LOUISVILLE, Ky. — The University of Louisville this fall has enrolled its largest first-year incoming class.
Preliminary figures released today show 3,130 first-year, full- and part-time, baccalaureate degree-seeking incoming students enrolled for the Fall 2023 semester, an increase of 6.8 percent from last year, which also set a record.
Increases again led to the high numbers of Black and Latin/Hispanic students and students from outside Kentucky. Black students total 16.56%, up from 16.27% last year and 13.99% in 2021. Latinx/Hispanic students total 9.97%, up from 8.5% last year and 7% in 2021.
“The entire UofL family and the Louisville community benefits from our steady annual increases in diversity among first-year students,” said Kim Schatzel, president. “We are also pleased to see that more than a third of the first-year class are first-generation college students, the most we’ve ever recorded.”
In addition, UofL has made great strides in encouraging first-year students to enroll in a demanding course load of 15 or more credits in their first semester.
Preliminary figures show that between 2022-2023, that number increased by 10 percentage points to 47.6 percent.
“First-year students who enroll in 15 or more credit hours in their first semester are more likely to progress toward their degree in a timely fashion,” Schatzel said. “They become better at time management, explore more subjects of interest to them and make better social connections.”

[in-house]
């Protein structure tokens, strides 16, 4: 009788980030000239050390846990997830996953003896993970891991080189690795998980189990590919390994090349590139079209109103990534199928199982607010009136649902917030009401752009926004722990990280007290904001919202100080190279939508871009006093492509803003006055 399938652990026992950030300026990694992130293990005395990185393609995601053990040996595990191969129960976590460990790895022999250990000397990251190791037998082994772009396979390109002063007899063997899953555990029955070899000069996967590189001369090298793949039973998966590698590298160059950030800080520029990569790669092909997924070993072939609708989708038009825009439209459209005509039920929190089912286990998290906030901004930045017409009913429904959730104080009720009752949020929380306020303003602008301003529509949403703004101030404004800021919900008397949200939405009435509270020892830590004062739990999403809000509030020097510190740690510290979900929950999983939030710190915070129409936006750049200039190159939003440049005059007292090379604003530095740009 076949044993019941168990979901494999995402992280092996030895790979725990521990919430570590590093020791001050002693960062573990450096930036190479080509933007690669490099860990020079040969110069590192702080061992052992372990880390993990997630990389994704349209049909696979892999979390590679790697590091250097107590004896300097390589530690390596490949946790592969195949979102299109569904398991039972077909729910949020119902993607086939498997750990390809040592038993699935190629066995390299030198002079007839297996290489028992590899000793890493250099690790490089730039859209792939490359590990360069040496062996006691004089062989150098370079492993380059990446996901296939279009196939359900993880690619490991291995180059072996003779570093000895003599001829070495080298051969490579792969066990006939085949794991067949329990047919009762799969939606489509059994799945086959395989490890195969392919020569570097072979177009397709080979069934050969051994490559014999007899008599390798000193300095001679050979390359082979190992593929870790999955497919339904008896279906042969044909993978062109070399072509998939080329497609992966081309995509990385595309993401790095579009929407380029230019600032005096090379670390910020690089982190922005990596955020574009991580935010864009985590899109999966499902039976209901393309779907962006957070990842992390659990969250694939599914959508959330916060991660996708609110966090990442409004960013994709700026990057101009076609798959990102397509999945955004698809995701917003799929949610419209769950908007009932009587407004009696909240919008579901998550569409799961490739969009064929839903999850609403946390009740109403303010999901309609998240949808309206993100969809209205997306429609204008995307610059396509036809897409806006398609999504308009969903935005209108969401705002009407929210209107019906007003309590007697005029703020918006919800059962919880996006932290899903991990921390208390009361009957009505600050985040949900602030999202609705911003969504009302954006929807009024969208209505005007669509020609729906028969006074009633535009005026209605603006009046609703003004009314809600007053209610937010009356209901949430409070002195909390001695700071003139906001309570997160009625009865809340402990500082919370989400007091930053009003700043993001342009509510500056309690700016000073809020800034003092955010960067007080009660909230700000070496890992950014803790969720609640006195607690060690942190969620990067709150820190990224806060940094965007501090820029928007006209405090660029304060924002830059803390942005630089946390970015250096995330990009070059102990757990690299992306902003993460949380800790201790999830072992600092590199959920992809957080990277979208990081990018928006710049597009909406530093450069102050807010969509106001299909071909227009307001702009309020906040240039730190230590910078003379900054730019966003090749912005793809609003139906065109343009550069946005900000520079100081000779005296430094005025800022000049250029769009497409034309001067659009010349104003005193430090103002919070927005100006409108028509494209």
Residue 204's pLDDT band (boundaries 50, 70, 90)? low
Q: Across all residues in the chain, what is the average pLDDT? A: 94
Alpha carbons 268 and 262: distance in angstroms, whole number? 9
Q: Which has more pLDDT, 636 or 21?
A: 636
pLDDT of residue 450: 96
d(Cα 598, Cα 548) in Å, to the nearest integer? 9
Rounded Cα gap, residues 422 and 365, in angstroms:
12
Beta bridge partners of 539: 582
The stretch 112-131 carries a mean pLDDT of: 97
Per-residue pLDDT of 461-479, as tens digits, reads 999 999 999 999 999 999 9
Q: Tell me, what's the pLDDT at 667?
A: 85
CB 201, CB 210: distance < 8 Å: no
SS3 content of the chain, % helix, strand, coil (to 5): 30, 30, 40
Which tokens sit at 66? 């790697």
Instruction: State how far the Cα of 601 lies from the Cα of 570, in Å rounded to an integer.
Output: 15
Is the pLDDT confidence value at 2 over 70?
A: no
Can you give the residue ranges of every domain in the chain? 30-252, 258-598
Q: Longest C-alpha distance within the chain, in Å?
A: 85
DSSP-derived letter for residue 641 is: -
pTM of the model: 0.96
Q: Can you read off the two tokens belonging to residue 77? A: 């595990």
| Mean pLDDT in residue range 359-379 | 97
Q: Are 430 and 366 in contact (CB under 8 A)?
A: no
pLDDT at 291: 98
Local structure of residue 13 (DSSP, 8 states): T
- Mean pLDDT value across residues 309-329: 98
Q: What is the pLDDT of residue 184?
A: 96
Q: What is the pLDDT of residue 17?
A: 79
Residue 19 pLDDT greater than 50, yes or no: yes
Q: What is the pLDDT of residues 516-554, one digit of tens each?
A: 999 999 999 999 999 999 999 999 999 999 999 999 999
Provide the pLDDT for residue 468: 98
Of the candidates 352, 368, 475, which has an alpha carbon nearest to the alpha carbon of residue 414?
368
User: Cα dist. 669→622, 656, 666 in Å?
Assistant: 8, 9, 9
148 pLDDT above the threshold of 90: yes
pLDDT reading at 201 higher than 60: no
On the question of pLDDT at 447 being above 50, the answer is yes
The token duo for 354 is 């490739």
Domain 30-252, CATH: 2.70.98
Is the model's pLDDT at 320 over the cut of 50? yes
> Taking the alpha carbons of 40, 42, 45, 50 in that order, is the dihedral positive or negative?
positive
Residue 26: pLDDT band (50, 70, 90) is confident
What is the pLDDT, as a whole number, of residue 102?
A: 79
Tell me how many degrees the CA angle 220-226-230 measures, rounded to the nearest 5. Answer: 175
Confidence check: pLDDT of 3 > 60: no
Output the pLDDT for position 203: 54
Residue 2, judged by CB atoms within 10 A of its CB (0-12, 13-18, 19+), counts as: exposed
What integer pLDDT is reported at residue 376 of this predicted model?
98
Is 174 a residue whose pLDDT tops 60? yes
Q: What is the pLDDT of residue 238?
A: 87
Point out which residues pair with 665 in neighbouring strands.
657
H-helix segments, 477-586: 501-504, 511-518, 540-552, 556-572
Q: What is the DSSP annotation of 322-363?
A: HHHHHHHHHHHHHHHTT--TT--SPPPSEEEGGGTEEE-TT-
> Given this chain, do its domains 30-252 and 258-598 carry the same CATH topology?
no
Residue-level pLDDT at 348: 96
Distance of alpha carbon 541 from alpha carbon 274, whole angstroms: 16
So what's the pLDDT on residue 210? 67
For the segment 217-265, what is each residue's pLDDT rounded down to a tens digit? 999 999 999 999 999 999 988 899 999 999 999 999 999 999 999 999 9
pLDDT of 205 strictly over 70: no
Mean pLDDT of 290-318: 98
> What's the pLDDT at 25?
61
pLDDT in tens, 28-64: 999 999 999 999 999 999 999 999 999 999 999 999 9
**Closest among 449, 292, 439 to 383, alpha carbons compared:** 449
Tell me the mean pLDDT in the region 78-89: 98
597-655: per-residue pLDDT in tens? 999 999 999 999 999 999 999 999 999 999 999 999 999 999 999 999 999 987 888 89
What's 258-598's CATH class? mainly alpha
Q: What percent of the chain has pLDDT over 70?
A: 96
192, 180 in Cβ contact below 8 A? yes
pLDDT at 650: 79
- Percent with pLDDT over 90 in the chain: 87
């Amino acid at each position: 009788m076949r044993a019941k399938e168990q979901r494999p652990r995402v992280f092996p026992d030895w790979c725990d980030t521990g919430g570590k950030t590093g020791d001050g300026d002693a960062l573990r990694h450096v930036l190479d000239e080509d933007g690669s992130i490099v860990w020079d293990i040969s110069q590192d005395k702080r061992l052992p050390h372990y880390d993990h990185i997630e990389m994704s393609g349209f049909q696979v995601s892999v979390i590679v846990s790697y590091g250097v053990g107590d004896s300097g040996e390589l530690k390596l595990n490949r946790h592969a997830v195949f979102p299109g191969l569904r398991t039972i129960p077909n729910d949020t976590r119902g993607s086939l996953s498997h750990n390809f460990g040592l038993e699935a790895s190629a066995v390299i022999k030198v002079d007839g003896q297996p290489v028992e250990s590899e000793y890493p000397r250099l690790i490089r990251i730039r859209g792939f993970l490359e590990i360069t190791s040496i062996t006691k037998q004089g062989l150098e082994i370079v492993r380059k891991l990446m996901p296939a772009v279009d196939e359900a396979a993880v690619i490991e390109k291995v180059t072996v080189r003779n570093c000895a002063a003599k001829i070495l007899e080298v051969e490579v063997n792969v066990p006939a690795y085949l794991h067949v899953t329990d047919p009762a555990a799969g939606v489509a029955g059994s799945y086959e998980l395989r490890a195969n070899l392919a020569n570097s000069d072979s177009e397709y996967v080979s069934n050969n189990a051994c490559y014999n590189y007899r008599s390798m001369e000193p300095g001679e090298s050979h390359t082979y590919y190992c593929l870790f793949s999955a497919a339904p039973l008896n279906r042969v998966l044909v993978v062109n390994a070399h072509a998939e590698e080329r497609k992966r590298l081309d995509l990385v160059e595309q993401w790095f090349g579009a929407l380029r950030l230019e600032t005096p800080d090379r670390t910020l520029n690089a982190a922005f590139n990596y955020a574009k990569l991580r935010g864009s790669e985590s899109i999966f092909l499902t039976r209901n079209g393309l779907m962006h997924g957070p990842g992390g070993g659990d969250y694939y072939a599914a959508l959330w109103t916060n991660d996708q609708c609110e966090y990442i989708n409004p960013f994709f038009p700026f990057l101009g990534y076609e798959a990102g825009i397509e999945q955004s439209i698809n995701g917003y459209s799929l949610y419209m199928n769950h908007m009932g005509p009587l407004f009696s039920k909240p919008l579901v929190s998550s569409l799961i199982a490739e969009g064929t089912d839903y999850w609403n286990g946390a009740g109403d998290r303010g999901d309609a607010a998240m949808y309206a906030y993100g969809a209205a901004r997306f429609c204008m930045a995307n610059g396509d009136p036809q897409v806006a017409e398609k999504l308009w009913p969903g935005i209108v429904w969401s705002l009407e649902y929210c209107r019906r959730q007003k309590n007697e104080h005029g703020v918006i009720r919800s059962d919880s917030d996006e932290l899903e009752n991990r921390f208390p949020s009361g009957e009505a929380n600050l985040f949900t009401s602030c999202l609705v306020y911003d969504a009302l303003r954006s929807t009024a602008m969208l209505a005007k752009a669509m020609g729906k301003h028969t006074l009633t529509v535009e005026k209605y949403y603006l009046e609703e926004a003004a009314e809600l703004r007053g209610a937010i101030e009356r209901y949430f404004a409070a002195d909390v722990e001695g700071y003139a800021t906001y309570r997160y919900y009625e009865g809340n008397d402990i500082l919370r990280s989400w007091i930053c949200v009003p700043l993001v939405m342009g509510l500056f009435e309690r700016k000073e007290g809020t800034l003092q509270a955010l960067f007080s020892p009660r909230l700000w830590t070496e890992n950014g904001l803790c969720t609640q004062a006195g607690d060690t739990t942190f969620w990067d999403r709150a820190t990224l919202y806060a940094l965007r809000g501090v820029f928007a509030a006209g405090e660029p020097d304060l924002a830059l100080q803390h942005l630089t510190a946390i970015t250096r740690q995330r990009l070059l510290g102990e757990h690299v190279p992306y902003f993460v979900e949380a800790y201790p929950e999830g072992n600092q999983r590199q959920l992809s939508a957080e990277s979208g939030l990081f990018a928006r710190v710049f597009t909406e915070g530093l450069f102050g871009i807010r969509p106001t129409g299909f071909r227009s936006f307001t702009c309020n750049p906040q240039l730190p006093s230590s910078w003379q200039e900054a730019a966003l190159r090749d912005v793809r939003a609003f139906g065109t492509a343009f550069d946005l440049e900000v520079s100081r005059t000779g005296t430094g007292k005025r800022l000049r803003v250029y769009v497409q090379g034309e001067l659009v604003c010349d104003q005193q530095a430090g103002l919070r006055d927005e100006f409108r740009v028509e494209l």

The most popular majors among undergraduates are business, engineering, education, nursing, psychology and biology.
Other highlights of the Class of 2027 are:
- 63.46% live on campus
- 50.3% have some college credits
- 35.07% are first-generation college students
- 34.18% are pursuing a STEM+H degree (science, technology, engineering, math, health sciences)
- 26.15% are from outside Kentucky, representing 37 states
- 6.33% identify as multi-racial
- 5.79% are Asian
- Less than 1% are American Indian/Alaskan Native
- 3.62 is the average high school grade-point average, based on a 4.0 scale
- 212 are part-time
For more information, visit Institutional Research and Planning.